Romania’s Holy War then examines the development of army culture during the interwar years, including its only moderately competent officer corps, and its lack of an adequate NCO contingent capable of acting as a stabilizing force upon the troops. This was against a backdrop of mounting political disarray within Romania that culminated first in the royal dictatorship of Carol II in 1938, then in the Antonescu dictatorship in 1940 – regimes that the army’s officer corps enthusiastically embraced. Experiencing almost two years of neutrality from September 1939, Romania was tested internally, by the destabilizing violence of the extreme fascist Iron Guard movement; and externally, by the indignity of having to cede western territory to Hungary under a treaty overseen by Nazi Germany, and by the humiliation of having to withdraw from its eastern territories of Bessarabia and northern Bukovina before the Red Army. Smarting particularly from the third of these ordeals, the Antonescu regime jumped on the bandwagon when Germany attacked the Soviet Union in June 1941. Antonescu saw in the invasion a means for Romania to salvage national pride, vanquish Judeo-Bolshevism, and regain and extend its territory to the east as a precursor to regaining the lands lost in the west.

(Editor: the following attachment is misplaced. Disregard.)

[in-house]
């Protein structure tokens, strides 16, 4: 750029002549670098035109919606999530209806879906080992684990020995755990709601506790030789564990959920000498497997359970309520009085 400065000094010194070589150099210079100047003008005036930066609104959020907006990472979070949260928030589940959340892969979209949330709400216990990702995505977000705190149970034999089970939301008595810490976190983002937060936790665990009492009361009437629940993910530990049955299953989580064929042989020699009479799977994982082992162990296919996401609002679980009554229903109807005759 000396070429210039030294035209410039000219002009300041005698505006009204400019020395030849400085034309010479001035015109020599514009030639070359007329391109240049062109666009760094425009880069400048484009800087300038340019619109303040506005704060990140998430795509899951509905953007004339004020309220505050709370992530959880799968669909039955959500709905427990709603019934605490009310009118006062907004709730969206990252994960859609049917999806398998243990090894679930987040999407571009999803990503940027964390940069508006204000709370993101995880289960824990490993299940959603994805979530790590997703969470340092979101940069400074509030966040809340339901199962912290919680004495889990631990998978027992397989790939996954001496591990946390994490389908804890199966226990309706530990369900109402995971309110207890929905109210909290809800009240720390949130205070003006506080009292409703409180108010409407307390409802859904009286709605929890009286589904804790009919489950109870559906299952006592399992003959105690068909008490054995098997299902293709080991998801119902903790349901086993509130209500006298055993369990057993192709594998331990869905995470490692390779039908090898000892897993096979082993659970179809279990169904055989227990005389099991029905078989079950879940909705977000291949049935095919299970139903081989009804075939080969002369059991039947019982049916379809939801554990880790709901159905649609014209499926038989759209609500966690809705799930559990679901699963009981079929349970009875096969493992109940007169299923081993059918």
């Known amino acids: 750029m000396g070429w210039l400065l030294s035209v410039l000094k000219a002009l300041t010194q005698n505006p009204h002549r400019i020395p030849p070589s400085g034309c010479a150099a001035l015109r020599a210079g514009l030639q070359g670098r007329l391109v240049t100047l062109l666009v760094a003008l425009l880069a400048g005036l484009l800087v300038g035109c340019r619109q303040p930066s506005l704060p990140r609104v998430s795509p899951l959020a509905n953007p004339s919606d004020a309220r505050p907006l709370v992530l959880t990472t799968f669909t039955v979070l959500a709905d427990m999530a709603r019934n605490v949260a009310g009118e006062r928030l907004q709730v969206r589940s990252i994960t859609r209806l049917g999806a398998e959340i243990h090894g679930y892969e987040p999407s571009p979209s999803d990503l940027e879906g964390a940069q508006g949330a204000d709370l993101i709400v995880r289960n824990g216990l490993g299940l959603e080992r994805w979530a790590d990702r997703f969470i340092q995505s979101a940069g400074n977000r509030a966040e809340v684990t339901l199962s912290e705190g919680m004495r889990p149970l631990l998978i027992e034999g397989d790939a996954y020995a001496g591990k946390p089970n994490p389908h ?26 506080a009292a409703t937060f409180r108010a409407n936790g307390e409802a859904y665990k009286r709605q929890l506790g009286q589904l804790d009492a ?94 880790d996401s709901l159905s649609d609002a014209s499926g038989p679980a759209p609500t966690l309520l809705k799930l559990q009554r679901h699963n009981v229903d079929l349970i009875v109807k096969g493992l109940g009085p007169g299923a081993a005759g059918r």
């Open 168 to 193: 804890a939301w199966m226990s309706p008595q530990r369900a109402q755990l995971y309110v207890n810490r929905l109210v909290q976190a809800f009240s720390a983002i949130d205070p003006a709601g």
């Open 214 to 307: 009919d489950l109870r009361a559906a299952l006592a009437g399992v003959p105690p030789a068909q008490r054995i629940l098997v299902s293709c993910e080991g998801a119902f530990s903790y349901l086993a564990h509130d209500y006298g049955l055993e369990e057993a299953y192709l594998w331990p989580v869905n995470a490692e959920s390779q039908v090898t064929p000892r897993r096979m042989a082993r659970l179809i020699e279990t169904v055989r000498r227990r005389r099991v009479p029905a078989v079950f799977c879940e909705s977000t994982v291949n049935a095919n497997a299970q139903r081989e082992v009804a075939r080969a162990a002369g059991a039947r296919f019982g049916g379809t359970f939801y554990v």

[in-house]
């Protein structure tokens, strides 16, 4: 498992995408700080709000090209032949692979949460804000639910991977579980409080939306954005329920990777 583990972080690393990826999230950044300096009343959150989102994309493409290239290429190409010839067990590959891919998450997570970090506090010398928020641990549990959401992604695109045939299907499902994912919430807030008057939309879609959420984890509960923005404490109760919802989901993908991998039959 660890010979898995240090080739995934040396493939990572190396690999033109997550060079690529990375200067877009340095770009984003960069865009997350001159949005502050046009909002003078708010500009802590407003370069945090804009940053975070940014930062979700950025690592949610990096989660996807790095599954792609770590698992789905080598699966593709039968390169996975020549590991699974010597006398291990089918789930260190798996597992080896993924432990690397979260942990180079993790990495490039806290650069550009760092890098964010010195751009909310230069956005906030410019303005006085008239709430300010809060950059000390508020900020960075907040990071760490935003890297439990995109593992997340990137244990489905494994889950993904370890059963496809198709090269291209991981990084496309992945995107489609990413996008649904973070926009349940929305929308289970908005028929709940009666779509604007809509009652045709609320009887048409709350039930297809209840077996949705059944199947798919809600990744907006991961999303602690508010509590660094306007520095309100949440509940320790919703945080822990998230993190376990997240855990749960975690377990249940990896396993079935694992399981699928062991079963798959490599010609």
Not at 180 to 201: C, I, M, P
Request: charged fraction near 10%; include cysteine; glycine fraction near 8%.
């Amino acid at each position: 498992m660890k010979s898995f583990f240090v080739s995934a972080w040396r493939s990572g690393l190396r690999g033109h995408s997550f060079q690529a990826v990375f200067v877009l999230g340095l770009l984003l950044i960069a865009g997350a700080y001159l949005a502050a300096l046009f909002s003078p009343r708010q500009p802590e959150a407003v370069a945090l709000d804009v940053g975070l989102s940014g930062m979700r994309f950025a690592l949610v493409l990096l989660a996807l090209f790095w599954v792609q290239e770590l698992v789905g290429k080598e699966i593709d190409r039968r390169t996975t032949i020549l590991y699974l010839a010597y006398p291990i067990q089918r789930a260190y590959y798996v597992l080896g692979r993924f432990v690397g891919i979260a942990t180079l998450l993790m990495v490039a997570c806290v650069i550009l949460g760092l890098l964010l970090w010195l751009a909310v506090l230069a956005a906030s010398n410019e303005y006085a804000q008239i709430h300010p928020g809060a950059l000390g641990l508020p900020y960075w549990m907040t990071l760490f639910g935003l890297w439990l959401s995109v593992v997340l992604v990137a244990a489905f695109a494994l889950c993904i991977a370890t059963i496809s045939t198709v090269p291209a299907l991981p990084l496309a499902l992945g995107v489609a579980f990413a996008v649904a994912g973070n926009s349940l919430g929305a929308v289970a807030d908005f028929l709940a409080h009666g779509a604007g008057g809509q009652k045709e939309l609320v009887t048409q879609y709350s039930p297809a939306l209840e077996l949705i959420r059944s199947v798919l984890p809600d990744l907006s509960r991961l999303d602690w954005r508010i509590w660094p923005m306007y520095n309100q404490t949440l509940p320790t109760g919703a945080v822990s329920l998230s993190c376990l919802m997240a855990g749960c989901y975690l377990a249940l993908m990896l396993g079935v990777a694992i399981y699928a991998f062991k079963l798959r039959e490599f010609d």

The next three chapters are the main meat of the book. They examine the army’s conduct in the rear in relation to its performance at the front across its three years of participation in Nazi Germany’s war in the east. Harward dismantles two pernicious myths surrounding the Romanian army of the Second World War. The first is that it was a reluctant ally of Germany, crippled by poor morale and motivation. This image was the product partly of post-war apologists, and partly of denigration by German commentators who often regarded ‘backward’ non-Germanic peoples with contempt and who, both during and after the war, sought scapegoats for mounting failure against the Red Army. In fact, the aforementioned ideological convictions, buttressed by a sizeable propaganda machine and a ferocious regime of military discipline – albeit less ferocious than those of the Red Army and German army – moulded Romanian troops into true believers in their country’s ‘holy war’. The Romanian army’s fighting power was limited, as exemplified by its hideously costly assaults on Odessa in 1941. Generally, however, and thanks also to the durability of primary groups among the ranks, it proved Germany’s most reliable Eastern front ally. Even following the Stalingrad campaign, in which Romanian forces suffered devastating losses, troop morale rebounded to some extent. Across the three years of Romania’s war at Germany’s side, troop morale generally fluctuated in line with frontline successes and setbacks, and only with serial further defeats and losses up to late 1943 did it crumble irretrievably.